74 Percent of Americans Believe Their Lives Have Returned to Normal Amid Pandemic: Poll

Nearly two years into the pandemic, a majority of Americans said in a new poll that they believe their lives are now back to normal.

In a survey conducted by Yahoo News/YouGov, 74 percent of Americans said they feel their lives have returned to some degree of normalcy. That includes 21 percent who said their lives are "very normal," along with 53 percent who said their lives are "somewhat normal" when factoring in the impacts of the virus, according to the survey.

However, the optimistic outlook comes as COVID-19 cases are again on the rise across much of the country. New daily cases are now topping more than 90,000, while more than 30 states are seeing sustained upticks in infections, according to The New York Times. In the hardest-hit regions, like the Northeast and Midwest, hospitalizations are also beginning to soar and intensive care units are running out of beds.

The latest survey also found that even though unvaccinated people are at much higher risk of contracting or dying from COVID-19 than their vaccinated counterparts, those who have not received the jab are more likely to say that the virus is no longer disrupting their lives.

In total, 70 percent of unvaccinated Americans describe their lives as normal, with 25 percent saying their lives are "very normal" and 27 percent saying their lives "never stopped" being normal. By contrast, only 19 percent of vaccinated Americans say their lives are now "very normal," and 8 percent say their lives "never stopped" being normal.

COVID-19 pandemic back to normal
A majority of Americans believe their lives are back to normal nearly two years into the COVID-19 pandemic. Here, a health care worker is seen with a dose of a COVID-19 vaccine on March 6, 2021, in Thornton, Colorado. Michael Ciaglo/Getty Images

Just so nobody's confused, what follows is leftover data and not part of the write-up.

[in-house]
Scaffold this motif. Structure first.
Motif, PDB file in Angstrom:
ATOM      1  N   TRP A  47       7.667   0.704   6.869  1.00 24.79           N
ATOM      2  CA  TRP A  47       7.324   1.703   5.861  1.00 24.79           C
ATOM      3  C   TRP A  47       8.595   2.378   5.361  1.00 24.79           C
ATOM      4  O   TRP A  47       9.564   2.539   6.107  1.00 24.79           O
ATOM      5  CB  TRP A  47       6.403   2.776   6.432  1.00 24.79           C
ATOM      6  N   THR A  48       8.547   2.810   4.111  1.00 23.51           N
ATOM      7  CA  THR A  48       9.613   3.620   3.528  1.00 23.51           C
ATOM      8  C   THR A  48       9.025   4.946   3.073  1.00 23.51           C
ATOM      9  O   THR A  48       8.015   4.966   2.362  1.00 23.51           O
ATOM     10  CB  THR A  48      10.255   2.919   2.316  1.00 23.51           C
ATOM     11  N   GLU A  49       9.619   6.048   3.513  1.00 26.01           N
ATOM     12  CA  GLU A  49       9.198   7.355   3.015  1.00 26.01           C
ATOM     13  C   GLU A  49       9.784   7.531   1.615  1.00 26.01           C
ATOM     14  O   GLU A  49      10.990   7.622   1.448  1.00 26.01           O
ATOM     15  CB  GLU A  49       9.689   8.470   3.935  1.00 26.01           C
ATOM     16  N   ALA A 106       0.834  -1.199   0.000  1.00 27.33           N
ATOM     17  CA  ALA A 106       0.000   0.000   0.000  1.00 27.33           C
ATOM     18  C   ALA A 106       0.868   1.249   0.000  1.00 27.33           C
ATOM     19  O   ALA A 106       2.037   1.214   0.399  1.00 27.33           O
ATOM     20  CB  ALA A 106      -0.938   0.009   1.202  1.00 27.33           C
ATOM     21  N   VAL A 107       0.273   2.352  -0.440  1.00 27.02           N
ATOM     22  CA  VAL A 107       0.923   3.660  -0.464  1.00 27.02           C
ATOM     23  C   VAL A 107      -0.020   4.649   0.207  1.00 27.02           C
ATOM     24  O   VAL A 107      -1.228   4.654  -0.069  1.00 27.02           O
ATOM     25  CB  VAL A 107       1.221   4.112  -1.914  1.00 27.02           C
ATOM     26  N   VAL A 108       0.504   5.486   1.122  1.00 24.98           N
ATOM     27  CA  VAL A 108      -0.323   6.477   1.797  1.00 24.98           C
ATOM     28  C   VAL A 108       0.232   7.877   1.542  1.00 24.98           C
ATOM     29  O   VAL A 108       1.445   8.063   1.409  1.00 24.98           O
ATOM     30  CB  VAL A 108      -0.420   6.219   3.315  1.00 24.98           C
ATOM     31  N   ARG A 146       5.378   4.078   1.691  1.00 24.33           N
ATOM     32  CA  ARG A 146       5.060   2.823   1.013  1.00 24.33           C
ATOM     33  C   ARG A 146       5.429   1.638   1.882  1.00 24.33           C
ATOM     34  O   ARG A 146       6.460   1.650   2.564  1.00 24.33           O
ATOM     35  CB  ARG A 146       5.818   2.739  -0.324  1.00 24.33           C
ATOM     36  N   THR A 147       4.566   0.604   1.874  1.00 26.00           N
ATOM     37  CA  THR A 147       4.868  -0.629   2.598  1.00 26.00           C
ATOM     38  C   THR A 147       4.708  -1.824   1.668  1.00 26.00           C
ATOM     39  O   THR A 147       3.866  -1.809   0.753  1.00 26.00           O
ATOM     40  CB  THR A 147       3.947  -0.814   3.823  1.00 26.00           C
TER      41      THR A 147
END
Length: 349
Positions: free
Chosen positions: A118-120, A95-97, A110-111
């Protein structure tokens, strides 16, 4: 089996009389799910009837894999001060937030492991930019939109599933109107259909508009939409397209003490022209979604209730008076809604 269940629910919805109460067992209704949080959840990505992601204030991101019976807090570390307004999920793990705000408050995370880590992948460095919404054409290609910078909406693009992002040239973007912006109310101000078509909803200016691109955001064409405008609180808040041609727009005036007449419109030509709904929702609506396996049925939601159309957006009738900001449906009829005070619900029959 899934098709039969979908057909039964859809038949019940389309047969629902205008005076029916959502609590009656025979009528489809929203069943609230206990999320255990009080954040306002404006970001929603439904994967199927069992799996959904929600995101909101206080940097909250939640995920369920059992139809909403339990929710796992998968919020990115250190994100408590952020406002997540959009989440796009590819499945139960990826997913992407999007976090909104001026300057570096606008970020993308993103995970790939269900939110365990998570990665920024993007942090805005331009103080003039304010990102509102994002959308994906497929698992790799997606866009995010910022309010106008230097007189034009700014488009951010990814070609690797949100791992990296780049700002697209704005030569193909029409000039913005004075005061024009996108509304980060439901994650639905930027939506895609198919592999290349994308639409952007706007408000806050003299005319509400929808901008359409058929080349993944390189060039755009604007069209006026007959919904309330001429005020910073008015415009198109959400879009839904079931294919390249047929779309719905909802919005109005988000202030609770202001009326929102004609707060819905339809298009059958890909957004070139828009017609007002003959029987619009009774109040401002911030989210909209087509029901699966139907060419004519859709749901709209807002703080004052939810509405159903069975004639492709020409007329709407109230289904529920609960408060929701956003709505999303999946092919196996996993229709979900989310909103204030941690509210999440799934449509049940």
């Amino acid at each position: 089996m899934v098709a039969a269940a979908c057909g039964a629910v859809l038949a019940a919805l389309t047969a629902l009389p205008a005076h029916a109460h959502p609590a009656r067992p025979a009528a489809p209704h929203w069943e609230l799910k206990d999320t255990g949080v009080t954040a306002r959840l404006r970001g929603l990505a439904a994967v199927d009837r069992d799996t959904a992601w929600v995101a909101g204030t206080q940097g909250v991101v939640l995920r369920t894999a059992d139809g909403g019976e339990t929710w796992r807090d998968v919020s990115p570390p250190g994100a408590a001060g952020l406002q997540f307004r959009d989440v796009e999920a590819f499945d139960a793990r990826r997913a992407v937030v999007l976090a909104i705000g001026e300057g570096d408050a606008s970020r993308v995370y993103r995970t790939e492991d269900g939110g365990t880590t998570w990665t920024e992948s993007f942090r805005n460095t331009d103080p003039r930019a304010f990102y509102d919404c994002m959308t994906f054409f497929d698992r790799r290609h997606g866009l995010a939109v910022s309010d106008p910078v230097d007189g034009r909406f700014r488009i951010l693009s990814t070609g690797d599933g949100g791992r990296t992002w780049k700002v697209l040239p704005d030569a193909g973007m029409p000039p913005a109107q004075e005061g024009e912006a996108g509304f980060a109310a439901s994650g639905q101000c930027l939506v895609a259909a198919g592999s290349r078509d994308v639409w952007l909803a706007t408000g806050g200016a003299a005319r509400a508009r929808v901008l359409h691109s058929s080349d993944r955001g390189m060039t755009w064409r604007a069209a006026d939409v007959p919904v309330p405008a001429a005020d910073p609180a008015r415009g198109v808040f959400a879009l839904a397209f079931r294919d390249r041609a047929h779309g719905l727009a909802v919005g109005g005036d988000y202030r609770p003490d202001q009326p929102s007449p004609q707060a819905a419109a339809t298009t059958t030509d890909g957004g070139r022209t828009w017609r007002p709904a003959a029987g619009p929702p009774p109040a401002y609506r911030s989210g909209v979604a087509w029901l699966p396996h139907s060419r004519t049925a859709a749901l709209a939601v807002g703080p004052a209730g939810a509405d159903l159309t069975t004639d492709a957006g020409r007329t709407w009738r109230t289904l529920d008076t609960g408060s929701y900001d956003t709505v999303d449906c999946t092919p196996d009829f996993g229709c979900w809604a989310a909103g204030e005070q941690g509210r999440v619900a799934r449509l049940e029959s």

The poll also found that 65 percent of unvaccinated Americans now say that COVID poses either a "small" threat or "no" threat to them personally, while less than half say they wear a mask in public always or most of the time.

"This suggests that in many cases, the people with the least protection against COVID are also the ones being the least careful about it—a dynamic that could make the coming winter wave more difficult and deadly than it needs to be," according to Andrew Romano, who reported on the poll's findings for Yahoo News.

The survey was conducted from November 17 to 19 using responses from 1,696 U.S. adults. The margin of sampling error is plus or minus 2.6 percent.

The more relaxed attitudes are also being reported just ahead of the holiday season, which public health experts have warned could lead to a further increase in virus cases.

"We do expect to see a surge in new cases over the holidays as people get together more and travel more," Gypsyamber D'Souza, a professor of epidemiology at the Johns Hopkins Bloomberg School of Public Health, told NBC News.

However, both D'Souza and infectious disease expert Dr. Anthony Fauci have said that individuals should feel comfortable enjoying the holidays with family and friends—as long as they get vaccinated.

"When you're with your family at home, goodness, enjoy it with your parents, your children, your grandparents," Fauci said last week. "There's no reason not to do that."

So far, over 69 percent of the U.S. population has received at least one dose of a COVID-19 vaccine, while more than 59 percent are fully vaccinated, according to the U.S. Centers for Disease Control and Prevention (CDC).